Dissemination of Results in Community-Based Participatory Research

Communities that take part in community-based participatory research (CBPR) projects are often left unaware of the findings.

Knowledge has the potential to improve health outcomes. Therefore, researchers have an ethical responsibility to transmit their findings to the general public, in particular to the communities in which research takes place.

This literature review discusses efforts of CBPR researchers to communicate their findings to the public. The review combines quantitative analysis of published studies with qualitative feedback from the authors of the studies.

The authors of the review performed keyword searches for articles that addressed the dissemination of CBPR findings. Each article received a score (on a 3-point scale), indicating the level of community involvement. The author of every article had the opportunity to complete a web-based survey; open-ended questions asked whether relevant information had been omitted from the articles. The authors of the review summarized the survey responses according to five categories.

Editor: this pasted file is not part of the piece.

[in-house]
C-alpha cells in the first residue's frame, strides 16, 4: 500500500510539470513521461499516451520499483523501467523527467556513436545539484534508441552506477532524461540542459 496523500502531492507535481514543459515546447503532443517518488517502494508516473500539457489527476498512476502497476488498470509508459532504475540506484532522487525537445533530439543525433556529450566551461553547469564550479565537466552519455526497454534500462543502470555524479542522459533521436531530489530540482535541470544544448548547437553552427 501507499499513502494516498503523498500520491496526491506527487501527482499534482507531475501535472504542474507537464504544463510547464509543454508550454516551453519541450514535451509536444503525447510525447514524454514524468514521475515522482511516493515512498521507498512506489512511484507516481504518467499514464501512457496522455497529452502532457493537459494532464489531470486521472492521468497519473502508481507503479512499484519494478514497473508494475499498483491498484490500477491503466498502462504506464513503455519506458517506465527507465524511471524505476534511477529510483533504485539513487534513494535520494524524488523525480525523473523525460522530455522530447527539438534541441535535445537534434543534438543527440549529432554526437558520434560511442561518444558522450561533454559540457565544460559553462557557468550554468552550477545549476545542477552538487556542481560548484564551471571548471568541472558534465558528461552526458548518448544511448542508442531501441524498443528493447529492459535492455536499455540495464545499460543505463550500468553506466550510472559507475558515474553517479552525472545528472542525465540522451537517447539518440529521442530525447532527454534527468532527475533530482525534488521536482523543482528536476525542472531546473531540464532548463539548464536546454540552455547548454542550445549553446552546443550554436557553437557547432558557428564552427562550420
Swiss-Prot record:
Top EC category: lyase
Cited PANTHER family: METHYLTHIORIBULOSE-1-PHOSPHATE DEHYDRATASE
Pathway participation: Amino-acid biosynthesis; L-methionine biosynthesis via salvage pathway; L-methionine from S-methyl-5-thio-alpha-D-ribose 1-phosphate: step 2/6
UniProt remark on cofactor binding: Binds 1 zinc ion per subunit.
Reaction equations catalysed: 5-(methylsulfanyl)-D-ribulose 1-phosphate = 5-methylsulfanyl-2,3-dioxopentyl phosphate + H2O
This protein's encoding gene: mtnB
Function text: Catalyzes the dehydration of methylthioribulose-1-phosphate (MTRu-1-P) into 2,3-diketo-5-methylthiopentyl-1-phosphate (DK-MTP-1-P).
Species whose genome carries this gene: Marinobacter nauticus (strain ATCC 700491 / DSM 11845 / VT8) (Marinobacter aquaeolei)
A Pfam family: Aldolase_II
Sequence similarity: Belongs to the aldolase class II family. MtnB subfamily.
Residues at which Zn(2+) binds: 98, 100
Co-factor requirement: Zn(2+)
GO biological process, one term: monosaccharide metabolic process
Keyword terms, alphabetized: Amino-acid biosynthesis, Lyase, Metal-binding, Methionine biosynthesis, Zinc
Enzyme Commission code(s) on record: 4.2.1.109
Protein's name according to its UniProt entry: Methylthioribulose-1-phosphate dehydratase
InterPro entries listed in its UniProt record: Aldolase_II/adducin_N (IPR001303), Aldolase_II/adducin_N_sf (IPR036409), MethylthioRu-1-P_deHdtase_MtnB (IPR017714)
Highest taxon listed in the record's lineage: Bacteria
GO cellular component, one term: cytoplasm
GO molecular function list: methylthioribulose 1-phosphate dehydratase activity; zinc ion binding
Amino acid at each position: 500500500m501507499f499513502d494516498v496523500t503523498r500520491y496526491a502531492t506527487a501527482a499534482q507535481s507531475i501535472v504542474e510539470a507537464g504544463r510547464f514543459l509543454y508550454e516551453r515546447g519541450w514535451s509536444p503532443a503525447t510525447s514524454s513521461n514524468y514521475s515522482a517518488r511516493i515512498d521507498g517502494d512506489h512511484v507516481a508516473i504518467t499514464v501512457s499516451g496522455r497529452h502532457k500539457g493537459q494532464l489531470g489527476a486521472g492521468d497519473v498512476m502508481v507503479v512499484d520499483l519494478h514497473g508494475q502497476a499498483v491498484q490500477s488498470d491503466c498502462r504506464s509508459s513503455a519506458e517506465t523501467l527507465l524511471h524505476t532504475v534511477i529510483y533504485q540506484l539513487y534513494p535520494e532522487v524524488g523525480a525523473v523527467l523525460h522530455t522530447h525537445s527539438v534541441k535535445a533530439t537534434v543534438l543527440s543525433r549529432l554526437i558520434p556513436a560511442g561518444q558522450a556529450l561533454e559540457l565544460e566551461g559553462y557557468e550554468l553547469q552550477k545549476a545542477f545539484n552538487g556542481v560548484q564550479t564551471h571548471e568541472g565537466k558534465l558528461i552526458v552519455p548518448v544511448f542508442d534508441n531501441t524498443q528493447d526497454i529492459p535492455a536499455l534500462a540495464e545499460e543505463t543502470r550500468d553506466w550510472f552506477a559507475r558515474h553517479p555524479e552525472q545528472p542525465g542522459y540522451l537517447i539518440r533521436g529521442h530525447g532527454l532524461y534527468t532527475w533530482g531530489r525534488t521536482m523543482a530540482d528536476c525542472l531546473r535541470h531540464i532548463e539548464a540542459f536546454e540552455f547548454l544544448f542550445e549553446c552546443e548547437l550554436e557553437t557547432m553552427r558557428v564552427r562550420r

Key Findings:

  • Forty-two percent of the articles described community involvement in the dissemination of research findings.
  • Cultural and linguistic differences between researchers and community members are obstacles to the communication of findings.
  • One study used a local movie theater to communicate its findings to the public.

This literature review discusses efforts of CBPR researchers to communicate their findings to the participating communities. The authors considered published studies that addressed the dissemination of CBPR findings. The review includes excerpts from researchers’ responses to survey questions. The authors note innovative methods that have been used to communicate findings.